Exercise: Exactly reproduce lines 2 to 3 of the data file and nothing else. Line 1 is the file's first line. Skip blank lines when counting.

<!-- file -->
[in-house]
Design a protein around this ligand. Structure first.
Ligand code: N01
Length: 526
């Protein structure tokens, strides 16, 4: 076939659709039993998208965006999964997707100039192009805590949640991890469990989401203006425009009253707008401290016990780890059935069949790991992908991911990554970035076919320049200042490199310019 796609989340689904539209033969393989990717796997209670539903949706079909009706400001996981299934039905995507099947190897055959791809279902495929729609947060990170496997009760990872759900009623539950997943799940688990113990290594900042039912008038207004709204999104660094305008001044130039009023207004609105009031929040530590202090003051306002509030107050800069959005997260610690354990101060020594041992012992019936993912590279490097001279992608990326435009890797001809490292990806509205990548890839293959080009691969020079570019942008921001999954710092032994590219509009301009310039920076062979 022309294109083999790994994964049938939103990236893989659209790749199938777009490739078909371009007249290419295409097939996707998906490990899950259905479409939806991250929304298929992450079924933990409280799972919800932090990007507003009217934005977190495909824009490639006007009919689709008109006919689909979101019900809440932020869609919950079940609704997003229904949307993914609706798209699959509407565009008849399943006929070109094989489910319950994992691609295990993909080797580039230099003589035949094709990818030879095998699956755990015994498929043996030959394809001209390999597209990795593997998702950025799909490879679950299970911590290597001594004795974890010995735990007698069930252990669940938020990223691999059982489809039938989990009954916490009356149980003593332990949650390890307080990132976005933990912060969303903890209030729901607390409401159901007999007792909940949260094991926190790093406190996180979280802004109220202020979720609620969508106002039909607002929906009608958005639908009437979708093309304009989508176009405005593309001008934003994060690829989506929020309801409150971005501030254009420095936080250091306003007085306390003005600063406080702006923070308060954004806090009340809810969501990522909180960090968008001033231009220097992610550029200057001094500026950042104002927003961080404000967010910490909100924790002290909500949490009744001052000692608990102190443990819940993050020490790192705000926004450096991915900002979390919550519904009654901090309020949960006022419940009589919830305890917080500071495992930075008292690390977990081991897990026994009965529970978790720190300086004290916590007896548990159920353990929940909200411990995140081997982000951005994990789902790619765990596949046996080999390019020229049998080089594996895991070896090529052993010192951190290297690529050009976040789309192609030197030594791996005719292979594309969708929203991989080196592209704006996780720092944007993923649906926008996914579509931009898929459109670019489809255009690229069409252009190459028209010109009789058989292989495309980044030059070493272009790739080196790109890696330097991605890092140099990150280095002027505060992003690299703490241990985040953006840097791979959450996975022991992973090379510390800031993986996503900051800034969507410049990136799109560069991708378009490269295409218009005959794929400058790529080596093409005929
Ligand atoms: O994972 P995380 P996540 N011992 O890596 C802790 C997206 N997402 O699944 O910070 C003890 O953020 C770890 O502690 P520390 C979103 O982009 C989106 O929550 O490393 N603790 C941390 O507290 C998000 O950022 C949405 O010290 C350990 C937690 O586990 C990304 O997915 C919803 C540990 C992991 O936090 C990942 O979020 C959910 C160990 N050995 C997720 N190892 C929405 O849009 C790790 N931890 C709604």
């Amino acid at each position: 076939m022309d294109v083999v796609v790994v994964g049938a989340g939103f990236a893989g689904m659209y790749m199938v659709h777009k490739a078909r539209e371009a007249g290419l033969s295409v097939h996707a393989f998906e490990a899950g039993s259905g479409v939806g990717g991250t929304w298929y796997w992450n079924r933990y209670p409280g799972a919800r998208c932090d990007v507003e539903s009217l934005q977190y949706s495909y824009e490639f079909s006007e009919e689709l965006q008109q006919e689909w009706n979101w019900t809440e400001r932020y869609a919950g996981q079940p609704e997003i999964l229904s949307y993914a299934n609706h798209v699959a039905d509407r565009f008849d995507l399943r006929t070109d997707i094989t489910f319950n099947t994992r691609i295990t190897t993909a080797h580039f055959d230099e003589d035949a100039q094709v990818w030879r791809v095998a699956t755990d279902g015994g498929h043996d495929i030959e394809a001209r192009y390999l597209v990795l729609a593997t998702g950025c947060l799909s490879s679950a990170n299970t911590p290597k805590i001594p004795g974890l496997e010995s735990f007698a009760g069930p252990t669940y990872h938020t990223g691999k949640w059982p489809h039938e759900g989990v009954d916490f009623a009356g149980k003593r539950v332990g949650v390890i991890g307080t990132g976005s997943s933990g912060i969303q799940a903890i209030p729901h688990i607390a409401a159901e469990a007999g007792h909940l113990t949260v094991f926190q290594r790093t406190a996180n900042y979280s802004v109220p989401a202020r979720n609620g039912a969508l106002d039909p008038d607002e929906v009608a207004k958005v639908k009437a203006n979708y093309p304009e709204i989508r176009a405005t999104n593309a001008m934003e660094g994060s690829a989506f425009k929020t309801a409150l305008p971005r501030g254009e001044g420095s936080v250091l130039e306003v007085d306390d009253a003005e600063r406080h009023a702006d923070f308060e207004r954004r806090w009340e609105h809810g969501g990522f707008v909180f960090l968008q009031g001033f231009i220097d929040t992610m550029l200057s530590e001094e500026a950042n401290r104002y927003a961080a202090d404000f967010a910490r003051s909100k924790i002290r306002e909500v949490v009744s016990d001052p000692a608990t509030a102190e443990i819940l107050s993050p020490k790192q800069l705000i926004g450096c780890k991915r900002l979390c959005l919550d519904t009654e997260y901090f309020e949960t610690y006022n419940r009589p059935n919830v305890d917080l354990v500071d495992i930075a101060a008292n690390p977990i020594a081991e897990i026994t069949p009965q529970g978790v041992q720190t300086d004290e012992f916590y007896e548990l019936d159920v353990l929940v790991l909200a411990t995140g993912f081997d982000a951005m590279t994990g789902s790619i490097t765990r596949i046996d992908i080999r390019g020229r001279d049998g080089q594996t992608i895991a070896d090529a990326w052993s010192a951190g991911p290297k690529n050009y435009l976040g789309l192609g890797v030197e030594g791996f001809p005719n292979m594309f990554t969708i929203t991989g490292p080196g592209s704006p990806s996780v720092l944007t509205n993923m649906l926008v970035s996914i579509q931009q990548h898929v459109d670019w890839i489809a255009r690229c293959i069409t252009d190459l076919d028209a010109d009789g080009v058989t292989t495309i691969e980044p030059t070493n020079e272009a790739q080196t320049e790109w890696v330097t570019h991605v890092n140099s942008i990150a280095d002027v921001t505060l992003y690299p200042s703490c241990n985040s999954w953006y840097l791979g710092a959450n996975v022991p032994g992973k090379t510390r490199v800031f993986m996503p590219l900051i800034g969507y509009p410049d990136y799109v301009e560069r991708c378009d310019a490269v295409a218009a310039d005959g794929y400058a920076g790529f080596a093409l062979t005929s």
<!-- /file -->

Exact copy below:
Design a protein around this ligand. Structure first.
Ligand code: N01